So, by achieving technical efficiency a business can increase the return it receives on the investment on inputs for that process, thus maximising profits.

 

Achieving allocative efficiency

 

Allocative efficiency is a wider question for a business as it requires analysing a collection of processes to understand which are most beneficial to a company. An example of this would be if a company produces small, square cardboard boxes and large, rectangular boxes they will need to decide to which process to allocate resources based on the demand by customers. A company will see a greater return on the investment in inputs if they allocate inputs to more, in-demand outputs.

In order to understand how allocative efficiency is achieved we need to understand the relationship between revenue and costs. On the face of it profit is easy to reach – Profit = Total Revenue - Total Costs. There is, however, an interdependency between total revenue and total costs, as revenue increases through increased outputs as must the number of inputs to produce these outputs, so increased costs too.

 

So, in order to understand which processes are likely to maximise profits we need to analyse all processes to see which is most likely to offer a marginal benefit (the additional utility a customer receives from consuming an additional unit of a good) equal to the marginal cost (the increase in the cost of production if output is increased by one unit). In other words, as the amount of output rises the satisfaction that product provides customers also rises by the same rate. The demand for the good is near equal to its supply – in economics this is called market equilibrium and is when the market is at its most efficient. Though markets will, in the real world, never reach equilibrium, in order for a business to be successful they need to get as close as possible.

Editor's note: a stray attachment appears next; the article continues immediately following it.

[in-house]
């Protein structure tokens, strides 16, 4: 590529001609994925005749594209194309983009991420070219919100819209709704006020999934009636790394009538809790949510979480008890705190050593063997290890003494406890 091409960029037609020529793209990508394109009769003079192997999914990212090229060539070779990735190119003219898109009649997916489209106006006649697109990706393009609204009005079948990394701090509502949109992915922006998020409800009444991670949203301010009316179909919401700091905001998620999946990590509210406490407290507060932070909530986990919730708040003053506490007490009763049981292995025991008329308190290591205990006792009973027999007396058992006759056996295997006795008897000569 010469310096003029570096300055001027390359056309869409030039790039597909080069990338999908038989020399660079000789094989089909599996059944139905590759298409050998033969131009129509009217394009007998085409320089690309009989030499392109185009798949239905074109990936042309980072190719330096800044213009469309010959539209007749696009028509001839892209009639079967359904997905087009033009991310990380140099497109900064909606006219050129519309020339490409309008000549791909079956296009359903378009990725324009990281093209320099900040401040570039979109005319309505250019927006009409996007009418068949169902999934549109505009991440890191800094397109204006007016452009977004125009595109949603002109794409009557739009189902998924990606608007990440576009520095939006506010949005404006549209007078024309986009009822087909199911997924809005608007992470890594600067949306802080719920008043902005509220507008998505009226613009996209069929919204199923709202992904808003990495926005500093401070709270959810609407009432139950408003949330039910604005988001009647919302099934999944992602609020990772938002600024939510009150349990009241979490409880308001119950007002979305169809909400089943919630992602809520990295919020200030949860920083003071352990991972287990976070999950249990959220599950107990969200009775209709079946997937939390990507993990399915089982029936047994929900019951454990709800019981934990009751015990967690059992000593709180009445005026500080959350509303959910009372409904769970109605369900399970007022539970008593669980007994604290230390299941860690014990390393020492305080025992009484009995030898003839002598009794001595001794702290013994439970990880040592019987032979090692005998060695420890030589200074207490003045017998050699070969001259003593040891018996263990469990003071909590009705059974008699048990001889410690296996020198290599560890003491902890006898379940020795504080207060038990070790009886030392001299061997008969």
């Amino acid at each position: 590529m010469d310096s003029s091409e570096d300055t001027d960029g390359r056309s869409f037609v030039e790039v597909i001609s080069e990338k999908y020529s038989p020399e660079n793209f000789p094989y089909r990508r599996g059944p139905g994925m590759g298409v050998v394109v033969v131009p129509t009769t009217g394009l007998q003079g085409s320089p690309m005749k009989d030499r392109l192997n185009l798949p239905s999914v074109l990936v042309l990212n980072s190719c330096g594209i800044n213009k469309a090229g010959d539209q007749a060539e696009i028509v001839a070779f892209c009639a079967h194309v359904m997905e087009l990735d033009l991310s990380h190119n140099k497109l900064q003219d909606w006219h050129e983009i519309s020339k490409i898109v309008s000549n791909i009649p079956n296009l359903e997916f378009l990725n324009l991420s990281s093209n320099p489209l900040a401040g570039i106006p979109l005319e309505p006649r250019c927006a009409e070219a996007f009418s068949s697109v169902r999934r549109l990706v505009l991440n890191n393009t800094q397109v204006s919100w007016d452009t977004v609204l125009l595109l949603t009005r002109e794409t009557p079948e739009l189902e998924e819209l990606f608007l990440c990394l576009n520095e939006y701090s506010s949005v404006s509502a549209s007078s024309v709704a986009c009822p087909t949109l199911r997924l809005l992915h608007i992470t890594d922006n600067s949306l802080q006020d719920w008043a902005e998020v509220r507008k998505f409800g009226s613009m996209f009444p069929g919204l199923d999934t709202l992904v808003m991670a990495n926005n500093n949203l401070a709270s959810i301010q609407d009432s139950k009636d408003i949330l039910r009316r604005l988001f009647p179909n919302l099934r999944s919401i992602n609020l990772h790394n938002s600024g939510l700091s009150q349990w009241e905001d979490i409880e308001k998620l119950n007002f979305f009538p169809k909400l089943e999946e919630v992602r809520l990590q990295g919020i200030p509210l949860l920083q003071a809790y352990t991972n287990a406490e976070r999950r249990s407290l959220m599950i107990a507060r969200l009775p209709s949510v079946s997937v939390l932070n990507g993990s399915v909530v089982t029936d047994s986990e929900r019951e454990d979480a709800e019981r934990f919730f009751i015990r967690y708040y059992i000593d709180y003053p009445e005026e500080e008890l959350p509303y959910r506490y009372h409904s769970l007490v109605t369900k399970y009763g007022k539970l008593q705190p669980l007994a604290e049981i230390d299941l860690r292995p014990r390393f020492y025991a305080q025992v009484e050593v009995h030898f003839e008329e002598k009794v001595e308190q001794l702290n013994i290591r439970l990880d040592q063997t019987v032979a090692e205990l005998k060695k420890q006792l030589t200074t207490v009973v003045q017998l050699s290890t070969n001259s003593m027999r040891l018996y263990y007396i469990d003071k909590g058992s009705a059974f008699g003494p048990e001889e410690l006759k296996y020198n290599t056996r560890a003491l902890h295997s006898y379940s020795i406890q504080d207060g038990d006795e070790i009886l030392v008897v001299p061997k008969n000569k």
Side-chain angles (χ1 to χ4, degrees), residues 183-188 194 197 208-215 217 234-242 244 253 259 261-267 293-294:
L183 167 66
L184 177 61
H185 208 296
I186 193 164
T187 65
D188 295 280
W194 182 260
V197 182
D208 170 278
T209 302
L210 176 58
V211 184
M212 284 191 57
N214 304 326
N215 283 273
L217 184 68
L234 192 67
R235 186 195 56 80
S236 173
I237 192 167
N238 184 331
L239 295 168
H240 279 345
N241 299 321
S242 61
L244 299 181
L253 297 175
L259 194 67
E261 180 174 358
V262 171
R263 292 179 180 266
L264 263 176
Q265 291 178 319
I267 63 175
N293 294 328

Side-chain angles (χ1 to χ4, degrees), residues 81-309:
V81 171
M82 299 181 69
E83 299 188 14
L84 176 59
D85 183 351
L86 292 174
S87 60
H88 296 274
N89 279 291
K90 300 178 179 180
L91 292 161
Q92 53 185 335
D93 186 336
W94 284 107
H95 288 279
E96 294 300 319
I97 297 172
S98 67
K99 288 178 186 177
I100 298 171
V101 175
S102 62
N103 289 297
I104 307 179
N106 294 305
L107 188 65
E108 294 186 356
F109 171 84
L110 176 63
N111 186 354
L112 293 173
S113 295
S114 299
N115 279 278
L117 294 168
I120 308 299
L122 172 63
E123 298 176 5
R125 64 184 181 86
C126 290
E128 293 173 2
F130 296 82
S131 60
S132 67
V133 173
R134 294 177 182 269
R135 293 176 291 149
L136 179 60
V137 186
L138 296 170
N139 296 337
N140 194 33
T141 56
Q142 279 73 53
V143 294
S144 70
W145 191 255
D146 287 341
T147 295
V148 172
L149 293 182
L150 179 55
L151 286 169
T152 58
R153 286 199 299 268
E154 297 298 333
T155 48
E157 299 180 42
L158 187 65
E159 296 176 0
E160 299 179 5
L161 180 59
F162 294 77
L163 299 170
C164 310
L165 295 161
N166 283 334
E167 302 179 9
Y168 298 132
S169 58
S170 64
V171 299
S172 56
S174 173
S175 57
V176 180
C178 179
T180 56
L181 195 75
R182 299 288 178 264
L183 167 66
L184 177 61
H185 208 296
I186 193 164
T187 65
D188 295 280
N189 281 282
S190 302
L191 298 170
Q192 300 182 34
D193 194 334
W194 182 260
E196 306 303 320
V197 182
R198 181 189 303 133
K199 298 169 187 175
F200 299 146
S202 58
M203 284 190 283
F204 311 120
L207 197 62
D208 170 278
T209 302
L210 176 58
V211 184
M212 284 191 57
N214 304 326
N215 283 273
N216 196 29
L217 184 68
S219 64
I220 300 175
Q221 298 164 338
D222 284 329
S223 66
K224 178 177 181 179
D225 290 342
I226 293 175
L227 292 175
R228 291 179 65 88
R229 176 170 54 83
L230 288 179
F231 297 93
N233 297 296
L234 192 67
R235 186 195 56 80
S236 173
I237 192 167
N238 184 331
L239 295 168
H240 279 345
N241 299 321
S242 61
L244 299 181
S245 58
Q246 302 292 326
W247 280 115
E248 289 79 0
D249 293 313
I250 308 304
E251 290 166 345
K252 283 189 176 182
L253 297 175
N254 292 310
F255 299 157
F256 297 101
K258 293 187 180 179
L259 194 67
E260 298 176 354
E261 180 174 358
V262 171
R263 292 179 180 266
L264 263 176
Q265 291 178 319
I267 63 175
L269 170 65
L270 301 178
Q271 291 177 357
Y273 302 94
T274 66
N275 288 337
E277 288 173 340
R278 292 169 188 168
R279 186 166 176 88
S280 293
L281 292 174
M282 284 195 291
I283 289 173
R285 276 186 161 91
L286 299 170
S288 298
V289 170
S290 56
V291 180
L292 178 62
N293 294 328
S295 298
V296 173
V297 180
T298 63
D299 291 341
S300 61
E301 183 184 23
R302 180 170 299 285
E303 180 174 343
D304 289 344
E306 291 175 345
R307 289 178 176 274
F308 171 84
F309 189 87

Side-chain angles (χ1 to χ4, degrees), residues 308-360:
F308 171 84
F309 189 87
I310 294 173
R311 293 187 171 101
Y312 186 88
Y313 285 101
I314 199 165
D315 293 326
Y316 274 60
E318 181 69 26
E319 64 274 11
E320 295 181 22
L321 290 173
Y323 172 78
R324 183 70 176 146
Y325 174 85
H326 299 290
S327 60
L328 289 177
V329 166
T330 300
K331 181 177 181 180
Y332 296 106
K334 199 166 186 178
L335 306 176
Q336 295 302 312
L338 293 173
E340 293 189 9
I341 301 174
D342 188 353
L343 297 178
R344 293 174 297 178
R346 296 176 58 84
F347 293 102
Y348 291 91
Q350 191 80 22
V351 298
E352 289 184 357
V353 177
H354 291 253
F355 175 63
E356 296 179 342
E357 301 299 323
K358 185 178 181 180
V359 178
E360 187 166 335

Process improvement teams can help profit maximisation by analysing which inputs offer the closest equilibrium between marginal cost and marginal benefit. This, in the short term, will offer the greatest return on profits, and in the long term, will help companies produce economies of scale – reducing total costs as a company grows.

 

Process improvement – a key to economic success

 

So, the main motivation of all businesses is to maximise profits. In order to do this a company needs to be as efficient as possible with the inputs it uses. Process improvement can increase the return companies receive from their investment in inputs by reducing waste and maximise profits by allocating inputs to processes that support the most in-demand outputs, thus showing why process improvement is key to business success.